3

Thanks to @ilkkachu I found a solution to this. I have posted it here and you can find it in the comments as well.

I want to unset one environment variable and I have searched all these places:

~/.bashrc
~/.profile
/etc/profile
/etc/environment
~/.bash_profile
/etc/bash.bashrc
/etc/profile.d/

As you can see, I have done my homework, but not only I can't find this specific environment variable, I am not able to find the majority of environment variables that env command shows either.

btw, I am using Debian 10.

PS:as this question has been asked numerous times on different forums, I guide anyone that has this question to use the function provided by @terdon in one of the answers. Unfortunately that doesn't solve my problem. But it definitely works in ordinary situations.

5
  • Try running bash -xl. This will run a new login shell and print all variables and functions that are set. Sep 27 at 15:49
  • @HenriMenke the problem is I can't find the file that this variables are set in
    – Masoud
    Sep 27 at 16:12
  • 1
    See: How to determine where an environment variable came from? (The accepted answer is useless, but Stéphane's xtrace trick should tell exactly what happens.)
    – ilkkachu
    Sep 27 at 18:13
  • 1
    If you provided the name of specific variable you want to unset, somebody might get an idea.
    – A.B
    Sep 27 at 18:40
  • @ilkkachu I don't know how to thank you. I used that bash command to search for it. It wasn't even there! But then I say a note at the end of that answer that stated that it might have happened during startup and I search xsession and boom. It was there!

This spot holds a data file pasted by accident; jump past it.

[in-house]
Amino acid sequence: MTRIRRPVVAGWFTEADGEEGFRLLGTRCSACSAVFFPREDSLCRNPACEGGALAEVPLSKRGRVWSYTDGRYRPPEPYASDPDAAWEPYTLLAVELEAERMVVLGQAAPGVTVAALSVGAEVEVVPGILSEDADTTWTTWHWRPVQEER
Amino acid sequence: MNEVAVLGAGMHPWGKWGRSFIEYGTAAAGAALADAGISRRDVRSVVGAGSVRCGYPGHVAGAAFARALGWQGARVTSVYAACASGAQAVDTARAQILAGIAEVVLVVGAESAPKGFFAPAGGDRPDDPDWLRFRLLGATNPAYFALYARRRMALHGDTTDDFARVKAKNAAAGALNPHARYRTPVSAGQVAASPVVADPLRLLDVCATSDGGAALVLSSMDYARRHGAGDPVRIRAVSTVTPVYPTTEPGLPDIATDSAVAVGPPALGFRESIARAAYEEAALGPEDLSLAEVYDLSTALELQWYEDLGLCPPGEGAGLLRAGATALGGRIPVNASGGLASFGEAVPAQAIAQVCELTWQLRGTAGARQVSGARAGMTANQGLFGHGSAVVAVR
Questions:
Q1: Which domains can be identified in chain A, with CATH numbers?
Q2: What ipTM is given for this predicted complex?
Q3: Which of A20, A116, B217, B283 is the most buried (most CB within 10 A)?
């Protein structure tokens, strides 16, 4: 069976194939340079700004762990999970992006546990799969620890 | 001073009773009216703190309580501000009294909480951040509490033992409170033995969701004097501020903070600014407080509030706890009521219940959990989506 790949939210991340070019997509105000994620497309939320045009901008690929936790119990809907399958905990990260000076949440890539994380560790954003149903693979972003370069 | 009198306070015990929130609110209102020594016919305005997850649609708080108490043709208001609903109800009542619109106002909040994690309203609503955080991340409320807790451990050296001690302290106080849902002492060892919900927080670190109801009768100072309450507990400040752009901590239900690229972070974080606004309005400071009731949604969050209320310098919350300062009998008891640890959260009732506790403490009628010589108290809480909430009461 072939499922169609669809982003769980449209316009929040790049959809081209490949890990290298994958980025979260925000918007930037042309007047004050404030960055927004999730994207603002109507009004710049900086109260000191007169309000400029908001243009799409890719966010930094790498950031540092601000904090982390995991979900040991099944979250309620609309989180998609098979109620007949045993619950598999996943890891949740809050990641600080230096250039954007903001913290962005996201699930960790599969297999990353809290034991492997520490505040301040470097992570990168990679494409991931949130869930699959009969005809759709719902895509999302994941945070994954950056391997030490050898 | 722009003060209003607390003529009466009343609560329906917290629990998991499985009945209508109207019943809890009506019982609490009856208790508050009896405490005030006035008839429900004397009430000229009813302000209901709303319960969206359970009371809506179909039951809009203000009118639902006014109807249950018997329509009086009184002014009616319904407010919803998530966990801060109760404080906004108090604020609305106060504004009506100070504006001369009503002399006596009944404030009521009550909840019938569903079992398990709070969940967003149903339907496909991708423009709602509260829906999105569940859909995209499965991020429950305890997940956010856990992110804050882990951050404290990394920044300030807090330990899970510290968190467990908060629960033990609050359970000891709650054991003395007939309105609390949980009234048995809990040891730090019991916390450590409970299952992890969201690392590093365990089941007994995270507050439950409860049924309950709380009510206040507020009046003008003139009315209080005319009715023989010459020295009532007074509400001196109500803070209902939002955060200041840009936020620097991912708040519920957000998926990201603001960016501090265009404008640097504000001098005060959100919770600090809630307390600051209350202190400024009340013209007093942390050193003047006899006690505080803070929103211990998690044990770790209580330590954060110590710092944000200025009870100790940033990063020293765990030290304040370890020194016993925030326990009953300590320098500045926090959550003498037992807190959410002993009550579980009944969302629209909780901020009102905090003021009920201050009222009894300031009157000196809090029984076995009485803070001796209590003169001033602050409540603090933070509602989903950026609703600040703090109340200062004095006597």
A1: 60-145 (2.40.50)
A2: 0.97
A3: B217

– Masoud
    Sep 27 at 18:57
4

I have a little bash function I use for this sort of thing:

grep_bash () 
{ 
    grep --color -H "$@" ~/.bashrc ~/.profile ~/.bash_profile ~/bash.login ~/.bash_aliases /etc/bash.bashrc /etc/profile /etc/profile.d/* /etc/environment 2> /dev/null
}

That will cover most (all?) files that are commonly used in the various Linux flavors I am familiar with. It includes ~/.bash_aliases which is an Ubuntu thing, as far as I know. It also includes some standard ones you didn't search through, most importantly the files under /etc/profile.d.

If that doesn't find your variable, then you are most likely sourcing another file from inside one of those listed above. You can grep for all lines that are sourcing files and then go through those as well:

grep_bash -E '(\.|source) ' 

That will list all lines where one of the files listed above is sourcing another, so your variable might be defined in one of the sourced files. Of course, any one of these sourced files might be sourcing others in turn, so you might need to go deeper, but this should do as a starting point.

1
  • Thanks for your cool function. Unfortunately It couldn't find any of those env vars. I then used the extended version. It only contained a bunch of auto-completion files that I don't think are relevant.
    – Masoud
    Sep 27 at 16:28
1

Thanks to @ilkkachu I found a solution to this.

In the last part of the answer, it says that it might have happened during the startup (not so usual), and when I searched for my variable with this command from the answer: find /etc -type f -exec grep -F THE_VAR {} + I found it.

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